On September 2, 2020, U.S. Secretary of State Mike Pompeo announced that the US would impose sanctions on senior officials in the International Criminal Court (ICC), including Fatou Bensouda, chief prosecutor, and Phakiso Mochochoko, Head of the Jurisdiction, Complementarity and Cooperation Division. Pompeo justified the move with protecting “Americans from unjust and illegitimate investigation by the International Criminal Court (ICC), which threatens our sovereignty and poses a danger to the United States and our allies.” This follows the decision of the Appeals Chamber of the ICC in March 2020 to authorize the Prosecutor to commence an investigation into alleged crimes perpetrated in the territory of Afghanistan since May 1, 2003, as well as other alleged crimes associated with the armed conflict in Afghanistan. It is likely that this will shed light on the operations of the CIA and U.S. military personnel.
The move has received wide condemnation including from the United Nations. Diego García-Sayán, UN Special Rapporteur on the independence of judges and lawyers, speaking on behalf of the 34 experts, emphasized that “[t]he implementation of such policies by the U.S. has the sole aim of exerting pressure on an institution whose role is to seek justice against crimes of genocide, war crimes, crimes against humanity, and the crime of aggression… It’s a further step in pressuring the ICC and coercing its officials in the context of independent and objective investigations and impartial judicial proceedings.”
The ICC was established to investigate and prosecute the most heinous international crimes. The Rome Statute equips the ICC with jurisdiction over the crime of genocide, crimes against humanity, war crimes, and the crime of aggression.The ICC was established to remove the burden of requesting and overseeing the investigation and prosecution of international criminal law violations from the UN Security Council. However, the ICC is often criticized for being inefficient, excessively expensive, and ineffective. It has secured only a few convictions in 18 years of work. Nonetheless, the ICC faces some challenges that are often overlooked.
First, before a case is formulated against a particular individual, the Office of the Prosecutor must investigate the situation in the country to consider whether the ICC can act (based on the principle of subsidiarity), to identify the defendants and to build a case against them. This, in itself, is an important determination of mass atrocities that should be used to, for example, guide domestic courts to assist with prosecutions. Understandably, the ICC would deal only with the prosecution of those most responsible for the atrocities, and not for every individual involved. As such, domestic courts need to step up to assist with prosecuting the hundreds and thousands of ordinary perpetrators who do not fall within the purview of the ICC’s work. Second, cases of genocide, war crimes, or crimes against humanity are very complex and involve dealing with large volumes of evidence from foreign jurisdictions. Also, as is evident from the ad-hoc tribunals such as the International Tribunal for the Former Yugoslavia and the International Criminal Tribunal for Rwanda , such cases take time and resources.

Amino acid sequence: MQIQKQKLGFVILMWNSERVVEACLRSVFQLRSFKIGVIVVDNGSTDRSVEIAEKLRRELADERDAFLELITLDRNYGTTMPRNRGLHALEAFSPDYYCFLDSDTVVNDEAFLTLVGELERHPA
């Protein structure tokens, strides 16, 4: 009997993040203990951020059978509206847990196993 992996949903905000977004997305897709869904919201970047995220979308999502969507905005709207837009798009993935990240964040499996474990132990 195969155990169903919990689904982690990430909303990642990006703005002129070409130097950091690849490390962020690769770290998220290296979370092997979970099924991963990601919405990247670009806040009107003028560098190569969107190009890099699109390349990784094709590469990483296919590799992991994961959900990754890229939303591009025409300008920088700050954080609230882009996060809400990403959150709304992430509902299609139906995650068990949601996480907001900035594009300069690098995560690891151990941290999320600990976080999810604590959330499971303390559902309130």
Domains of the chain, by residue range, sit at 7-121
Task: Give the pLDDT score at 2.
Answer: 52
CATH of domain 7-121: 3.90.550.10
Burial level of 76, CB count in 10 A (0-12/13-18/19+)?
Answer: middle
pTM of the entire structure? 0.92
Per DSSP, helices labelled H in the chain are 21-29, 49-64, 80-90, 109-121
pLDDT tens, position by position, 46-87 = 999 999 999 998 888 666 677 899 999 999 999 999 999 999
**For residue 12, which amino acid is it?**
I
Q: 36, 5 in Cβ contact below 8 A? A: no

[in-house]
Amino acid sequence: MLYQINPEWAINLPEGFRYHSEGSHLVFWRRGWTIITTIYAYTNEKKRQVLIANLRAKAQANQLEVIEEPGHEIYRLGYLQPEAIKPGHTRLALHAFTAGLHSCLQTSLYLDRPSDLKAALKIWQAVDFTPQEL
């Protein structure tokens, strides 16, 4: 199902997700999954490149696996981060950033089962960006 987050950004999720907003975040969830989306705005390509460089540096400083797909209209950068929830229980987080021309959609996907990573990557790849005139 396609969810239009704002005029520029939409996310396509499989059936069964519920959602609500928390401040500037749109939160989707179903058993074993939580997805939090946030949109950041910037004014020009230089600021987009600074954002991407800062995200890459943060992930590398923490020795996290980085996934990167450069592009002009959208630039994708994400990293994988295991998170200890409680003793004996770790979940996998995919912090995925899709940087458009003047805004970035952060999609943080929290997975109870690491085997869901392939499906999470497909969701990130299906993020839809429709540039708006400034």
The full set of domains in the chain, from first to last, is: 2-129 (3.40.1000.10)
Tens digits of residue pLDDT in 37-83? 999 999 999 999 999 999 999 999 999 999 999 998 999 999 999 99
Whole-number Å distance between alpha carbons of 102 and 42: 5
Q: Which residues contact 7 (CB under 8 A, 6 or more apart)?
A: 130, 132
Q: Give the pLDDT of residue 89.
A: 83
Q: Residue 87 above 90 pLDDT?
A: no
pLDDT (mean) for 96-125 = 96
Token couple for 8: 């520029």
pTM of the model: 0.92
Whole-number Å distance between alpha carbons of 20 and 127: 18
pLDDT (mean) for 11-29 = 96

It does not help that the ICC is chronically underfunded with zero net growth, while at the same time, becoming overwhelmed by cases. In recent years, advocates have been calling for the ICC to increase engagement in situations where, arguably, it does not have the jurisdiction to act, most notably, in the recent case of Myanmar/Bangladesh. In that case, the Pre-Trial Chamber recognized that the ICC can exercise jurisdiction when persons are deported from the territory of a State which is not a party to the Statute directly into the territory of a State which is a party to the Statute to be able to investigate the crime and prosecute the perpetrators. Yet, as the argument for engagement succeeded, a price now needs to be paid. Similarly, only a few months ago, a similar argument was used by lawyers seeking to extend the jurisdiction of the ICC in the case of China and its atrocities against the Uighur Muslims and other religious minorities.
It is also noteworthy that the ICC does not only engage in situations where the state is accused of being the perpetrator. It has also been forced to engage in situations where states have failed to prosecute the perpetrators. As such, the ICC increasingly also carries the burden of the failure of domestic courts. Furthermore, some states have been relying on the ICC as the default mechanism for genocide and mass atrocities determination.
The ICC is already struggling with the issue of jurisdiction as it is a treaty-bound court. Often it will not be able to engage. However, as we face an ever-increasing number of mass atrocities happening around the world that require attention by independent arbiters like the ICC, we need to ensure that the ICC has all the resources it requires to be able to do the important job of investigating atrocities and prosecuting those responsible. Limited resources should not be a reason for failing to bring to justice those responsible. If the ICC cannot do this job, no-one will, and so impunity will beget further atrocities. Humanity is already at a breaking point.